“Come on. We’re up.” Dennis whipped all his hair back over his shoulders and strode towards the stage. Getting up the stairs in his tight leather trousers was a farce the other two doubted was worth it.
“Break a leg,” said the barman.
“Good evening, everyone,” Mike gripped the mic. “We are Your Mother’s Wet Dream.” He smiled as the crowd sniggered. “This first song goes out to a special woman who’s always supported our music.” He pointed to Dianna. “Whenever I think of you, I just want to turn the volume up because I know how much you love it.”
Diana walked forwards in a black dress with a blue cocktail in her hand.
“This one’s called Dedication,” Mike counted his friends in on his fingers. Dennis began strumming on the guitar. The singer joined him with the bass as Dustin faded in with the drums. Nodding in time with the beat Mike closed his eyes and sang as if they were still practicing in his dank bedsit.
“Banging on the door again,
Know I’ll see your face when,
You’re banging on the door,
Telling me you want more.”
The singer let Dennis have his solo, looking back at Dustin with his arms raised, waiting for the rise. When the guitarist hit the peak of his riff the drummer smashed his kit with a big an angry beat.
“THIS IS MY DREAM, MY LIFE.
MIC IN MY HANDS, ALL NIGHT.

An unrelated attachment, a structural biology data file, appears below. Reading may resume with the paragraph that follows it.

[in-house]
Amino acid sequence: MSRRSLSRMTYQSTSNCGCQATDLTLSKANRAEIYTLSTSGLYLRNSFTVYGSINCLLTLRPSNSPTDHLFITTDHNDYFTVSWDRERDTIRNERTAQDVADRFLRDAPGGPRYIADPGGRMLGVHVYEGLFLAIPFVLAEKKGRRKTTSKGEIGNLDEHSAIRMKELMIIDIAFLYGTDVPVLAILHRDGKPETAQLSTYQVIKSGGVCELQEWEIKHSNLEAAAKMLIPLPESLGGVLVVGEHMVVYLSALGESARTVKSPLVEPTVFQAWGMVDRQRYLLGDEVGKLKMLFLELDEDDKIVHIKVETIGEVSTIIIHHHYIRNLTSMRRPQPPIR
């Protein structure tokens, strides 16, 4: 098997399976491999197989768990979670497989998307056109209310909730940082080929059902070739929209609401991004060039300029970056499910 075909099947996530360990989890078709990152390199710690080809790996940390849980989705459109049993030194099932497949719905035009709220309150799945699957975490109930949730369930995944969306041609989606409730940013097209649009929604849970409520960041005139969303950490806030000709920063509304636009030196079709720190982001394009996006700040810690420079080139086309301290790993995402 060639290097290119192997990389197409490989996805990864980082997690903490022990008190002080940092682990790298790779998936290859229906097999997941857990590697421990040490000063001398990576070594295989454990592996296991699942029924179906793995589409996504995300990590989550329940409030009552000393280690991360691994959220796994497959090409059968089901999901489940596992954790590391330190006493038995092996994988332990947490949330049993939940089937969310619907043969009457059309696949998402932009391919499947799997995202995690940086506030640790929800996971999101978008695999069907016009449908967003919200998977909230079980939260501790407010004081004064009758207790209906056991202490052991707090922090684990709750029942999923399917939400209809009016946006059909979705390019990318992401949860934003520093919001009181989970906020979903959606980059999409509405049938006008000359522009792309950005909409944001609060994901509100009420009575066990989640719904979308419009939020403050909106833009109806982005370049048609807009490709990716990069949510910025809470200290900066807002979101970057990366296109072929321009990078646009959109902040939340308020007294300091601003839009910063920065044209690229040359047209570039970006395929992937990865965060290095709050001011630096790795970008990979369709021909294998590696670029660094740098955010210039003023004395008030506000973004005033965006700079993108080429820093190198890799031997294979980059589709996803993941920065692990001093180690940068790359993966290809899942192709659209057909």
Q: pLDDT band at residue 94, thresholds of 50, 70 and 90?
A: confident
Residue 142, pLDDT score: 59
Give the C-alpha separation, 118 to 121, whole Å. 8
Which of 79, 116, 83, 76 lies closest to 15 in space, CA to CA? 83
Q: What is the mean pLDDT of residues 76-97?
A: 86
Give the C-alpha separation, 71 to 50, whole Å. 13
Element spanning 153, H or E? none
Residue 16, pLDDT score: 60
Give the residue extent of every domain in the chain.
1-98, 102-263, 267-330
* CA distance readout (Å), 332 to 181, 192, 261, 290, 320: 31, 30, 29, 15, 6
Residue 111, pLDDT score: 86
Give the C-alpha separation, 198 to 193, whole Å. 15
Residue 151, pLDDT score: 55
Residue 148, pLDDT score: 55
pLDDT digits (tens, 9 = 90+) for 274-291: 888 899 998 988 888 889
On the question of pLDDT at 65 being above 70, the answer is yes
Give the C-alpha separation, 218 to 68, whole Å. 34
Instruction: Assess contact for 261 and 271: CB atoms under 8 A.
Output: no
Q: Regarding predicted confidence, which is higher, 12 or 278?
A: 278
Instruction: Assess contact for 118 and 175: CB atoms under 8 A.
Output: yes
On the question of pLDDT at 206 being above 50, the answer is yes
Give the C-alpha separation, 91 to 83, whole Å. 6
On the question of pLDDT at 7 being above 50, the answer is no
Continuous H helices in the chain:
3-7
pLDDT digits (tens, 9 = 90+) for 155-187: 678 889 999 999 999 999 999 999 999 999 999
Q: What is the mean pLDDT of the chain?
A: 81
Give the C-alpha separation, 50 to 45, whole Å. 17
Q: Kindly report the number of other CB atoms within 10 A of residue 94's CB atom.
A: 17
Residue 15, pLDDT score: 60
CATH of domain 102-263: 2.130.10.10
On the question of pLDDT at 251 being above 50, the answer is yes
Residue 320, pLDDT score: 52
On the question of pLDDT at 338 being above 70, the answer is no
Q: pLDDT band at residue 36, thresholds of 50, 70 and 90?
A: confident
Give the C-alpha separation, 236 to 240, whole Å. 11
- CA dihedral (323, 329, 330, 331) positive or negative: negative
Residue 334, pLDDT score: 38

TURN IT UP, ITS NOT FAIR,
WHEN YOU SAY I DON’T CARE.
I got kicked out for my music,
Got nothing else, can’t lose it
I live on nothing but rice.” Mike opened his eyes and saw some confused faces.
“You try to give me advice.
I’m no victim of circumstance.
Ruined my life for just one chance.
THIS IS MY DREAM-”
Diana walked right to the front of the stage. Her smile was the smile of bitter revenge.
Diana’s blue drink hit Mike in the face before he could finish the line. Dustin and Dennis kept playing as their singer shook the blue alcohol out of his hair. Holding out his middle finger to the woman who was taking out her phone to photograph him, he turned up the volume of the amp next to him.
“TURN IT UP, IT’S NOT FAIR?” His words tasted of sugar and vodka.
“WHEN YOU SAY I DON’T CARE.” Some of the drunks behind Diana were mumbling along to the chorus. Simple repetition was the key to success he’d read. His songs went round and round so that people could sing along in no time.
“I got kicked out for my music,
Got nothing else, can’t lose it.
You can’t give me advice,
And I won’t play nice.
Banging on the door again,
Know I’ll see your face when,